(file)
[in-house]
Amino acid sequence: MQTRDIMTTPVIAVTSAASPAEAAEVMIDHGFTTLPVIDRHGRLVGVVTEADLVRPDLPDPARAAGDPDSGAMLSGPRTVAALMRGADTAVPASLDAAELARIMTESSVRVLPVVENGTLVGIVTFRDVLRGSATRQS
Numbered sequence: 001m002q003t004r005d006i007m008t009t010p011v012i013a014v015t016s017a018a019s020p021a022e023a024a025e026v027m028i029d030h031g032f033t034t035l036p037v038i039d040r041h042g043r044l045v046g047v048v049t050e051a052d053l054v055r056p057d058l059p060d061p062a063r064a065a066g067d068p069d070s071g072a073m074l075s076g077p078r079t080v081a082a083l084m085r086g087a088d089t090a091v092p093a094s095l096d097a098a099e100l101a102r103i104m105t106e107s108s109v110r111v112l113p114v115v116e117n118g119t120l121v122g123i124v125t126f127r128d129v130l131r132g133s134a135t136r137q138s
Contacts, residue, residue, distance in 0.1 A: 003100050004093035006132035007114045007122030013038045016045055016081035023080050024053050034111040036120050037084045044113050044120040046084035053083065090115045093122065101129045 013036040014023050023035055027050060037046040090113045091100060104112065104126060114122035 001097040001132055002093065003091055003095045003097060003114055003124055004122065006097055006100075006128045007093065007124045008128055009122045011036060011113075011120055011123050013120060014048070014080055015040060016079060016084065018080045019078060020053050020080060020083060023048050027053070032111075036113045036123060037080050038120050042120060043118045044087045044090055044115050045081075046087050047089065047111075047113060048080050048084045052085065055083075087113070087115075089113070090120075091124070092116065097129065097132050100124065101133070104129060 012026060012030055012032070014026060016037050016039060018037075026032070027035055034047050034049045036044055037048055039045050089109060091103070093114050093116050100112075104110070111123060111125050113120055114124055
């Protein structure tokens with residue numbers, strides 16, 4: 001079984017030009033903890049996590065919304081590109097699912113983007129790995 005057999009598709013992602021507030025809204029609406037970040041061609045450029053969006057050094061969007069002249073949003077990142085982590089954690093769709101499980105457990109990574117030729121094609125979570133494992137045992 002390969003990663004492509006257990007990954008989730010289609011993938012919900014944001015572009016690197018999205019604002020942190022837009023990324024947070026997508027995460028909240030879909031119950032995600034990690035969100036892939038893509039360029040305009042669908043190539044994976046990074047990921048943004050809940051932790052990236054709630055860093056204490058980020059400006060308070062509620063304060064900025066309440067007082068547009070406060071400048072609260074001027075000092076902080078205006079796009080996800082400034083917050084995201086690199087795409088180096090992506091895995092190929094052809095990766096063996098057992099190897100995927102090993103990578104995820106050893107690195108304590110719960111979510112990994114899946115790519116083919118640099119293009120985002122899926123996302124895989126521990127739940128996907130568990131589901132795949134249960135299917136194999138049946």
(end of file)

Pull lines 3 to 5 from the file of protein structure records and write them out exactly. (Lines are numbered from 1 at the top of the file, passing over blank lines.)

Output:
Numbered sequence: 001m002q003t004r005d006i007m008t009t010p011v012i013a014v015t016s017a018a019s020p021a022e023a024a025e026v027m028i029d030h031g032f033t034t035l036p037v038i039d040r041h042g043r044l045v046g047v048v049t050e051a052d053l054v055r056p057d058l059p060d061p062a063r064a065a066g067d068p069d070s071g072a073m074l075s076g077p078r079t080v081a082a083l084m085r086g087a088d089t090a091v092p093a094s095l096d097a098a099e100l101a102r103i104m105t106e107s108s109v110r111v112l113p114v115v116e117n118g119t120l121v122g123i124v125t126f127r128d129v130l131r132g133s134a135t136r137q138s
Contacts, residue, residue, distance in 0.1 A: 003100050004093035006132035007114045007122030013038045016045055016081035023080050024053050034111040036120050037084045044113050044120040046084035053083065090115045093122065101129045 013036040014023050023035055027050060037046040090113045091100060104112065104126060114122035 001097040001132055002093065003091055003095045003097060003114055003124055004122065006097055006100075006128045007093065007124045008128055009122045011036060011113075011120055011123050013120060014048070014080055015040060016079060016084065018080045019078060020053050020080060020083060023048050027053070032111075036113045036123060037080050038120050042120060043118045044087045044090055044115050045081075046087050047089065047111075047113060048080050048084045052085065055083075087113070087115075089113070090120075091124070092116065097129065097132050100124065101133070104129060 012026060012030055012032070014026060016037050016039060018037075026032070027035055034047050034049045036044055037048055039045050089109060091103070093114050093116050100112075104110070111123060111125050113120055114124055
């Protein structure tokens with residue numbers, strides 16, 4: 001079984017030009033903890049996590065919304081590109097699912113983007129790995 005057999009598709013992602021507030025809204029609406037970040041061609045450029053969006057050094061969007069002249073949003077990142085982590089954690093769709101499980105457990109990574117030729121094609125979570133494992137045992 002390969003990663004492509006257990007990954008989730010289609011993938012919900014944001015572009016690197018999205019604002020942190022837009023990324024947070026997508027995460028909240030879909031119950032995600034990690035969100036892939038893509039360029040305009042669908043190539044994976046990074047990921048943004050809940051932790052990236054709630055860093056204490058980020059400006060308070062509620063304060064900025066309440067007082068547009070406060071400048072609260074001027075000092076902080078205006079796009080996800082400034083917050084995201086690199087795409088180096090992506091895995092190929094052809095990766096063996098057992099190897100995927102090993103990578104995820106050893107690195108304590110719960111979510112990994114899946115790519116083919118640099119293009120985002122899926123996302124895989126521990127739940128996907130568990131589901132795949134249960135299917136194999138049946």